Belfast Telegraph

Rugby rape trial verdict: The five barristers who became household names in Northern Ireland

 

By Claire O'Boyle and Cate McCurry

The barristers leading five separate legal teams have played a prominent role in the nine-week trial of Ulster Rugby players Paddy Jackson and Stuart Olding and their friends Blane McIlroy and Rory Harrison.

Among the top lawyers acting in the case was Toby Hedworth QC, the Crown Prosecution barrister. Mr Hedworth's experience has been far-reaching, and one of the most high-profile cases he has led was the successful prosecution of child killer Robert Black for the murder of Jennifer Cardy in 2011, 30 years after the nine-year-old was killed in Ballinderry.

Black had been convicted in 1994 for the murders of Susan Maxwell, Caroline Hogg and Sarah Harper. Meanwhile, Brendan Kelly QC led the defence of Paddy Jackson.

Mr Kelly has also worked on a number of high-profile cases. In 2013 he represented Mark Bridger in the case of the murder of five-year-old April Jones in North Wales. Bridger was convicted of the killing.

In 2015, the barrister acted for Hazel Stewart, who had been convicted of the double killing of her husband Trevor Buchanan and Lesley Howell, the wife of her ex-lover Colin Howell. Mr Kelly told the Court of Appeal the conviction against Stewart, who was given a minimum 18-year jail sentence for her part in the murders, should be quashed. However, Stewart lost her appeal.

Frank O'Donoghue QC, who acted for Stuart Olding, is one of Northern Ireland's most high-profile barristers, and has been involved in a number of major cases. He represented figures including loyalist leader Johnny Adair.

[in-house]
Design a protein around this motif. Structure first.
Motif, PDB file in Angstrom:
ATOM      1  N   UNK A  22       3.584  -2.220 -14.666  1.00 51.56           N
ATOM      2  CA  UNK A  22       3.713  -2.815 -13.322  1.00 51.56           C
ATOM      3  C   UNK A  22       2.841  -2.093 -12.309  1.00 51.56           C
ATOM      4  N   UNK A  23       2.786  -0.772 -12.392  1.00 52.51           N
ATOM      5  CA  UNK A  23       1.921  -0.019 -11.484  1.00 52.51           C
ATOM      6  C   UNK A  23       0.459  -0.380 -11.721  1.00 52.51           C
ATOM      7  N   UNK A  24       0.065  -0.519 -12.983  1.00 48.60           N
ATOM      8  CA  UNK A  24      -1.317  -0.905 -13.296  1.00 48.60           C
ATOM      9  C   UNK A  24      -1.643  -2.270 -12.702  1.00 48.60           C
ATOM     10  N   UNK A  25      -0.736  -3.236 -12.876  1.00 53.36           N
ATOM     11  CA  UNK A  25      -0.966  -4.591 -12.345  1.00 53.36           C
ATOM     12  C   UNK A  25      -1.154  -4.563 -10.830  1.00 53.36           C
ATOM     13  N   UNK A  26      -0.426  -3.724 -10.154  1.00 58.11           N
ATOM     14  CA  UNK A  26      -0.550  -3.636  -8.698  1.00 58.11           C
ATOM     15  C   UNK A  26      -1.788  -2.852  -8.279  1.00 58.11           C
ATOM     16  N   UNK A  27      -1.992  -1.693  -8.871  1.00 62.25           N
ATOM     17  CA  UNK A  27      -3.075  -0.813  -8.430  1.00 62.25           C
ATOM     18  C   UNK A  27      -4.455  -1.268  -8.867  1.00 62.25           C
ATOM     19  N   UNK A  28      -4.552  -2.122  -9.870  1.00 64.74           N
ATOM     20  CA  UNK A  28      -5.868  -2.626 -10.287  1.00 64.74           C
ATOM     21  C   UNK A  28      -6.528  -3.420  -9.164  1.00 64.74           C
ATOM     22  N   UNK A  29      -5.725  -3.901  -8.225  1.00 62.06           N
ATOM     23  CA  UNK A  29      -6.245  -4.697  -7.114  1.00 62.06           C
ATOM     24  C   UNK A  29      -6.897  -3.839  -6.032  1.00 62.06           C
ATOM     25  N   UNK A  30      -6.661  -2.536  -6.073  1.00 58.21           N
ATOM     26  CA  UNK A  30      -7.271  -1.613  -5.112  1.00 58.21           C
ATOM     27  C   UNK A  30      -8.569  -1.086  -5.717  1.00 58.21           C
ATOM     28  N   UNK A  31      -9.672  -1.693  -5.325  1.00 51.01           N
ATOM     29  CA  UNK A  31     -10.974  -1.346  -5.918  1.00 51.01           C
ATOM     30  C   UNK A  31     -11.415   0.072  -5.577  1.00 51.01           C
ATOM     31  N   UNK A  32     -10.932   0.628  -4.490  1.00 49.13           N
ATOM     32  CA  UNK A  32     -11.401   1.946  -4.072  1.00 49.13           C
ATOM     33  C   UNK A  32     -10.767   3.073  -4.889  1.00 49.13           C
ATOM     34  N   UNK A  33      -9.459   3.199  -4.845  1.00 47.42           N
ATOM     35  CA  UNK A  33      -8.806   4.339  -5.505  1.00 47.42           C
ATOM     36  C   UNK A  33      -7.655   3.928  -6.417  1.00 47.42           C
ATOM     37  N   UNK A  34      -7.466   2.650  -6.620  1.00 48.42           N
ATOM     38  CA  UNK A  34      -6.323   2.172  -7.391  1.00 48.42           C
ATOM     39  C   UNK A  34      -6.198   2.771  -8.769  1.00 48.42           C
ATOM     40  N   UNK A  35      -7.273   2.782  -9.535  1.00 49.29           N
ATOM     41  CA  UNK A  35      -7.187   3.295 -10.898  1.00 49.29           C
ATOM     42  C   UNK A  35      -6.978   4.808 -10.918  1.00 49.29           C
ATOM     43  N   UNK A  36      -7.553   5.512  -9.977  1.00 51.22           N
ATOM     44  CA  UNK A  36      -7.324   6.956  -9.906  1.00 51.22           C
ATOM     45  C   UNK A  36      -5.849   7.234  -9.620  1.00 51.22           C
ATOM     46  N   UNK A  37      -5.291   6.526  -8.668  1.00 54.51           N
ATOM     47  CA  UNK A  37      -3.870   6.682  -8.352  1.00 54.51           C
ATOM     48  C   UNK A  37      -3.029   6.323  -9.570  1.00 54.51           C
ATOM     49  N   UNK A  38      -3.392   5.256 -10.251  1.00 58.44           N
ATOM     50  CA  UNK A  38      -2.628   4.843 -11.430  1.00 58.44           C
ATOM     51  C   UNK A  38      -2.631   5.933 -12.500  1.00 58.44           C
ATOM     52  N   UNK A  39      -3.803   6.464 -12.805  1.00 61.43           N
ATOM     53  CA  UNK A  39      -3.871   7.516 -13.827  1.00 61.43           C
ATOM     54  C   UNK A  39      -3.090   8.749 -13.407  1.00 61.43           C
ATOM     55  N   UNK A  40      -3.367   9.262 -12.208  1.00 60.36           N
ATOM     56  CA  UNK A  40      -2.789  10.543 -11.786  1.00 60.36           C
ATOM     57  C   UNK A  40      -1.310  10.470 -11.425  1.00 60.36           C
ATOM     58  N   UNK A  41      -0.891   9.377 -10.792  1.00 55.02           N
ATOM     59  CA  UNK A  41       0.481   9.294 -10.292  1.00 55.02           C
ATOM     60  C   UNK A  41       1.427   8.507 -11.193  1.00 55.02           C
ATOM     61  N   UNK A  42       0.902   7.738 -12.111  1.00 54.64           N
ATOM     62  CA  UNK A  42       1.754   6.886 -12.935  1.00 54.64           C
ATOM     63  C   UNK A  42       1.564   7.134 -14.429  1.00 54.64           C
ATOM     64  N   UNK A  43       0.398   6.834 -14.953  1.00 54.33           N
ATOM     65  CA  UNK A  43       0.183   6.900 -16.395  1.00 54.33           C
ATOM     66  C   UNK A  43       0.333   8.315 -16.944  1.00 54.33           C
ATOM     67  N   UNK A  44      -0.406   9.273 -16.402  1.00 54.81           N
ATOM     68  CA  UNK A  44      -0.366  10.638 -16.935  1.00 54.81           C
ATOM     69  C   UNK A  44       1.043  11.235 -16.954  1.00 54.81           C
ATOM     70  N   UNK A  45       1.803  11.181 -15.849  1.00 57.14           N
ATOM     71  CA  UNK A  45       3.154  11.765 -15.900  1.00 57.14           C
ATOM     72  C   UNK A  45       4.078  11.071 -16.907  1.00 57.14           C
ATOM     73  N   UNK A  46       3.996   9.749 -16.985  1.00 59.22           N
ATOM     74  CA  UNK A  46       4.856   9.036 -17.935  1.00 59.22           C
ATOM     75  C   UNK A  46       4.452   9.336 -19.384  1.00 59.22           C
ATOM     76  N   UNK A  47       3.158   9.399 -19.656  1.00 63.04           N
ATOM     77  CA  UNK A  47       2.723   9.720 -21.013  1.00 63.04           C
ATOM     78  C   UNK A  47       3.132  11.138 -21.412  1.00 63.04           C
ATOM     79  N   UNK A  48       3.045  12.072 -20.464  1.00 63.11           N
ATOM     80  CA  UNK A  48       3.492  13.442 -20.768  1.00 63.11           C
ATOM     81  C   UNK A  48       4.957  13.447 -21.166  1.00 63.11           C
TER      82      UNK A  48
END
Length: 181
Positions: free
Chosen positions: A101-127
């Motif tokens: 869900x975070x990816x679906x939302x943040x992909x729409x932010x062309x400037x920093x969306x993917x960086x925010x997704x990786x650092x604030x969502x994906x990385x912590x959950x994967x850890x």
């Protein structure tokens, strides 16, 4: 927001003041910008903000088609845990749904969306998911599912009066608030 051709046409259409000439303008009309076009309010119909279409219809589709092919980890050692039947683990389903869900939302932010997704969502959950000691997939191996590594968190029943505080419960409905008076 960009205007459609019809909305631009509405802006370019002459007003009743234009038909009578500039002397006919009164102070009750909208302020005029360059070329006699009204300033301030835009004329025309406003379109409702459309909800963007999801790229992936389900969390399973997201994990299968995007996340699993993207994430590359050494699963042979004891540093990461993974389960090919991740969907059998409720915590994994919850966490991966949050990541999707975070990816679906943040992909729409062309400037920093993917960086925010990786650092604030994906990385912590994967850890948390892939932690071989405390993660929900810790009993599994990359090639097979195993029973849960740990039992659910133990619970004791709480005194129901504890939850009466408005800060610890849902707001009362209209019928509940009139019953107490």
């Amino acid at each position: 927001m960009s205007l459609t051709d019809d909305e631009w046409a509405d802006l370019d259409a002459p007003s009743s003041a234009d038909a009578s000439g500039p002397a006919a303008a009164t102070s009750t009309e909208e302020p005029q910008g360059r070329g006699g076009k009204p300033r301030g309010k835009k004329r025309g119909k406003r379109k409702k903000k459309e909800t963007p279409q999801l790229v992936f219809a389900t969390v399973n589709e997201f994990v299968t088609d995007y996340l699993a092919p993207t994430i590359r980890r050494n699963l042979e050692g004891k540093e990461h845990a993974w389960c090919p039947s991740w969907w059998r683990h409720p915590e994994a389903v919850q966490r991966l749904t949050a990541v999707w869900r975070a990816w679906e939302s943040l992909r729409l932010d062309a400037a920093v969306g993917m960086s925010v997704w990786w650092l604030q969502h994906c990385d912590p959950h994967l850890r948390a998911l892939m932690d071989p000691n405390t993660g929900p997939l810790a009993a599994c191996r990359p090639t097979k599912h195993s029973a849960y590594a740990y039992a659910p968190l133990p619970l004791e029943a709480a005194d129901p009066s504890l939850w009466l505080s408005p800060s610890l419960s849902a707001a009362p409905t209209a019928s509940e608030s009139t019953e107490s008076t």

Arthur Harvey, who represented Blane McIlroy, is another leading name among Northern Ireland's barristers.

He has been involved in numerous high-profile local cases including the Bloody Sunday inquiry.

Mr Harvey represented relatives of the victims and was reported to have been paid over £1.3m for the long-running case. He often features in the media for his earnings from legal aid and is among the highest paid lawyers here, according to reports.

Gavan Duffy QC acted for Rory Harrison. Mr Duffy, who became a QC in 2011, has worked as a specialist in criminal defence cases for more than 20 years.

The barrister, who has acted as chairman of the Criminal Bar Association, has spoken out over the issue of legal aid in the past.

Belfast Telegraph

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